Presentation skills 101 is all about knowing what makes an attention-grabbing pitch.
A short speech that engages from the start.
And one that inspires action.
So let me take you back to a training session I ran in the Glasgow Radisson last week.
The audience? A group of PAs to the Chief Executives of Scotland’s Councils.
I was about to start when I heard murmurs about Gordon Strachan, which turned into chuckles.
One of the women at the front explained to me that the former Scotland footballer and manager had just checked out of the hotel reception that morning.
I reconsidered my opening and began:
“Gordon Strachan, who just checked out of this hotel, came to us for media training in 2012…”
It was a chance to create something fresh, off-the-cuff, to build engagement.
A fresh start helps to break the formality of a speech and turn it into a conversation.
It demonstrates confidence to the audience, so they become more comfortable listening to you.
The anecdote turns your presentation into a story, which satisfies our childlike disposition.
It’s a technique that’s been used by public speakers at after-dinner events and conferences for decades.
And it’s just that: a technique.
There are three main ways to do it:
I must have told the Gordon Strachan story a hundred times.
It involves us having him in for media training in Glasgow, when we showed him a clip of himself talking to Scotland’s media.
He harrumphs and stutters in the clip, seemingly bored by the question, before fading into an awkward silence.
When we showed it to him, he conceded he could have handled it better.
The story serves to show people why you should always engage with your audience to build trust, rather than alienate them by disengaging.
So was it just luck that Gordon Strachan happened to be in the hotel that day, to allow us to use that seemingly impromptu start?
On our presentation skills and pitching courses each year, we tell thousands of anecdotes, creating fresh ones each time based on the news, sport and conversations with trainees.
Anecdotes across showbiz, sport, politics, public life.
It gives me confidence that whatever celebrity checked out of the hotel, there’s a link somewhere.
This takes time, confidence and a desire to experiment.
The next presentation you give, turn it into an analogy, or use a recent news hook to explain what you’re there to discuss.
Build the anecdotes up, so they’re rehearsed and appear fresh.
I’m a big fan of former British & Irish Lions and Scotland rugby player, Doddie Weir.
Whenever I’ve seen him at after-dinner events, he’s always ‘working the room’ before he speaks.
One of his aims in doing so is to create a fresh start to his speech.
Each time he speaks, he’ll start with:
“I was just having a great chat with your Production Manager John McIntosh…”
“That’ll be the Shetland table making all the noise then?!”
Something relevant that he would only have known from making the effort to network.
People often ask us how to begin a presentation.
Tell a joke? Ask a question?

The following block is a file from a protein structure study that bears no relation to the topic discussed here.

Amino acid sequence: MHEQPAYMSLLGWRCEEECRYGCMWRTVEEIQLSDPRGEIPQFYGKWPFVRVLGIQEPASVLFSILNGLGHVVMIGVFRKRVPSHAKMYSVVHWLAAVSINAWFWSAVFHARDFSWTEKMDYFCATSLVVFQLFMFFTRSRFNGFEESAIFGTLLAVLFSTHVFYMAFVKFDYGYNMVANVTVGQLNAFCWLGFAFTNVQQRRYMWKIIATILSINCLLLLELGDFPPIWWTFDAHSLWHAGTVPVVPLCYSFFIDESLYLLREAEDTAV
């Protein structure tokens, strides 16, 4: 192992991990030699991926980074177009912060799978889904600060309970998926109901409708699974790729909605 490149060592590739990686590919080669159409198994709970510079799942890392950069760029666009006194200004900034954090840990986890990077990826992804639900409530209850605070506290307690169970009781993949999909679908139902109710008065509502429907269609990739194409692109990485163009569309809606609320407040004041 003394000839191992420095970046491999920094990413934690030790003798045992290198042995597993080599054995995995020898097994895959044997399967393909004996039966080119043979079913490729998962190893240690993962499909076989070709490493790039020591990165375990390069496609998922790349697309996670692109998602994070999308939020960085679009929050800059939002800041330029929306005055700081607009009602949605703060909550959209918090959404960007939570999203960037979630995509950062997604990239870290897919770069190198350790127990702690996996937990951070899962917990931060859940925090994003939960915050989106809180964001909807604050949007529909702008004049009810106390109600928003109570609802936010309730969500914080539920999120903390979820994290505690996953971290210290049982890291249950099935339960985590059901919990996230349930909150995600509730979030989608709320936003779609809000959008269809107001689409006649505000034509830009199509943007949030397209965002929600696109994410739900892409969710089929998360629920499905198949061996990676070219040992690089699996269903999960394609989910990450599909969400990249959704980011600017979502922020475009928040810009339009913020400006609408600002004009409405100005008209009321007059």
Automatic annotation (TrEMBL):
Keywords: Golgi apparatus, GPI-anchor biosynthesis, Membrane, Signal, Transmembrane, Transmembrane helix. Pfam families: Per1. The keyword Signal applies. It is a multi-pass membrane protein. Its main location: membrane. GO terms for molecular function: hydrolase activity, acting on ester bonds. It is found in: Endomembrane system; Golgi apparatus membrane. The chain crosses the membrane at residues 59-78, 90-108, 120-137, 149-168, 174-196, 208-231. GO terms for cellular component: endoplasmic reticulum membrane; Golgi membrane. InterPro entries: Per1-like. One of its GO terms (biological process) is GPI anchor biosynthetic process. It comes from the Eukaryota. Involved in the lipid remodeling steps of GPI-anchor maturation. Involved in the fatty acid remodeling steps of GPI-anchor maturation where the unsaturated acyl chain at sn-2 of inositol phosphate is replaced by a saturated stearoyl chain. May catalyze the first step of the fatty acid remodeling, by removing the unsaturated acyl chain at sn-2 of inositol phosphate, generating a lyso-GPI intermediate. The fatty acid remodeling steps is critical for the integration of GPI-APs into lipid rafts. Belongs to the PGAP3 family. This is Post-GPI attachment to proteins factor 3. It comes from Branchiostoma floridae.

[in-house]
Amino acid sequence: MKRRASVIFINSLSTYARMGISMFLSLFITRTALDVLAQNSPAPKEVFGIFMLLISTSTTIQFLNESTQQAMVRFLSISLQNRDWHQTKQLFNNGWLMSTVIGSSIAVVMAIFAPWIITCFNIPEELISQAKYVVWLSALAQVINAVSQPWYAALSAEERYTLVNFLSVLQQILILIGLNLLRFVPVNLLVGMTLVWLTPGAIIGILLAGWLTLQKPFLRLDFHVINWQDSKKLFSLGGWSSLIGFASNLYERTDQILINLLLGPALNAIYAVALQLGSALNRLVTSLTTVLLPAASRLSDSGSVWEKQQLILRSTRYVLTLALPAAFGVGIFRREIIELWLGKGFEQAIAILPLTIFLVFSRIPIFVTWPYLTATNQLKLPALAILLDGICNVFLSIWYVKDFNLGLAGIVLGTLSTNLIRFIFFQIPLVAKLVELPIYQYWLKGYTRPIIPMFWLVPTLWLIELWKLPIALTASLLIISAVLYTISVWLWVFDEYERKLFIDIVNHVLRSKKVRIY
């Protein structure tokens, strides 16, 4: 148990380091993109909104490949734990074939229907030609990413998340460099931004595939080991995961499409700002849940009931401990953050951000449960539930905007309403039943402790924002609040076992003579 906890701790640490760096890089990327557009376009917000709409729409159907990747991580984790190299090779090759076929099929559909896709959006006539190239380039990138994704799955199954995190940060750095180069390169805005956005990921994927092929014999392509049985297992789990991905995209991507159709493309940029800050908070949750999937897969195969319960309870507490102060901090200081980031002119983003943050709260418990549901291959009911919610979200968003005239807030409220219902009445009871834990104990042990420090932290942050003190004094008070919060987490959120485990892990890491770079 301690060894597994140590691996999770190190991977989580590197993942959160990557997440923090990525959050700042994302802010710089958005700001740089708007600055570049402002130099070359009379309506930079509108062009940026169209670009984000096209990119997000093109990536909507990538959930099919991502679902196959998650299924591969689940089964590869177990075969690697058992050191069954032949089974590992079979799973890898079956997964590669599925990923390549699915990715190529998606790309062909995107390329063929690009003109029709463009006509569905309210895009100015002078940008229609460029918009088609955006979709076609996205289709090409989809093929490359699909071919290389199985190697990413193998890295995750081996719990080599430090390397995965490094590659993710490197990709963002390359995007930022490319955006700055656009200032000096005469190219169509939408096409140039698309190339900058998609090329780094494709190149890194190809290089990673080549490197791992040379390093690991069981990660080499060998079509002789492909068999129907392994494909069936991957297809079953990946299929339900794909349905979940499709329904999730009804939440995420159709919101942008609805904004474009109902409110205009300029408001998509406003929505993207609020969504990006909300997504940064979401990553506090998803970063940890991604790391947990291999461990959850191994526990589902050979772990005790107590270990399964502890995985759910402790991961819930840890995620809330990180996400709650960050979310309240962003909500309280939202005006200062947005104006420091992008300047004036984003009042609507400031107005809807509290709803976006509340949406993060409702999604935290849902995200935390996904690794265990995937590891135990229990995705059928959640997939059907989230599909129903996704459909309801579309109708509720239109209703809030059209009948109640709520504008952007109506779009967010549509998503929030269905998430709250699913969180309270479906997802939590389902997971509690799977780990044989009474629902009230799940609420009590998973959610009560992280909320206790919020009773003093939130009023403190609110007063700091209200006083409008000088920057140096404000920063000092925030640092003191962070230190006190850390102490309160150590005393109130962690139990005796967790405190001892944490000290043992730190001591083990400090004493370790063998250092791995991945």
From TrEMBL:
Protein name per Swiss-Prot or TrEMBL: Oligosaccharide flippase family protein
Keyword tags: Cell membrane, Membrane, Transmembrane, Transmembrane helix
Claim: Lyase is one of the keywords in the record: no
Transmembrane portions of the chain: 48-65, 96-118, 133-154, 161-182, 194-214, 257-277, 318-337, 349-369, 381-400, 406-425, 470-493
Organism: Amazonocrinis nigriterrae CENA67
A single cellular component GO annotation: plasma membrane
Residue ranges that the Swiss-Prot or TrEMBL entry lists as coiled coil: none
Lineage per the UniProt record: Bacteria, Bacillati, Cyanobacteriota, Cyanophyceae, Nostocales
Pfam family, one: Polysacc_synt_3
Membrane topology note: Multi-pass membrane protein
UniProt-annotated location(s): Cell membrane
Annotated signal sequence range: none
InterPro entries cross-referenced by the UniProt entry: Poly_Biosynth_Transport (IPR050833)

No. Prepared humour is subjective and questions lose you control.
Finding a personal link to the audience builds an immediate connection.
The trouble with a prepared anecdote is that it often misses the mark.
I presented in Aberdeenshire a couple of years ago (using the Gordon Strachan story, incidentally) and it felt forced.
The audience last week was almost identical to that in Aberdeenshire, but this time the anecdote felt fresh and relevant.
So find out something about the date, the building, or your journey there.
“Today is Groundhog Day…”
Now you can lead on to make a point about making predictions, breaking old habits, the weather.
“The last time I was in this building was in 1989…”
“My taxi driver just told me a story about this place…”
Now the audience feels part of a one-off story, which you can only tell in that building.
The late John McCain, former Arizona Senator and twice defeated Presidential nominee used a similar tactic when engaging his audiences.
When debating Barack Obama in the run-up to the 2008 Presidential Election, he referred to the conversations Obama had been having with audience members and voters up and down the country.
He used their first names and job titles to show he’d been listening.
McCain repeatedly mentioned “Joe the Plumber”, the name the McCain campaign gave to a Republican party member that quizzed Obama on his tax plans when visiting Ohio.
To the Republican nominee, this neatly characterised his target voter.
The trouble was, Joe wasn’t a plumber, nor he did necessarily want McCain to win.
“Joe the Plumber” became a moniker that backfired, to show that McCain was choosing style over substance.
In contrast, then-Lib Dem leader Nick Clegg, when campaigning in the 2010 UK General Election, started a trend of writing down the names of people asking questions during the televised debates.
He won the first debate hands-down, as his rivals struggled to engage.
The abiding memory of that debate was Clegg’s rivals retorting:
“I agree with Nick.”
So you have to do it right.
And take risks.
Get it right, and you’re off to a flier.
Andrew McFarlan is the Managing Director of Pink Elephant Communications in Glasgow.
You can view his full profile here.
Photos in Presentation Skills 101 by gongus on Foter.com / CC BY; Press Association; SERENA TAYLOR/NEWCASTLE UNITED VIA GETTY IMAGES; Photo by Danny Wage on Unsplash.
Presentation Skills 101 blog edited by Colin Stone.
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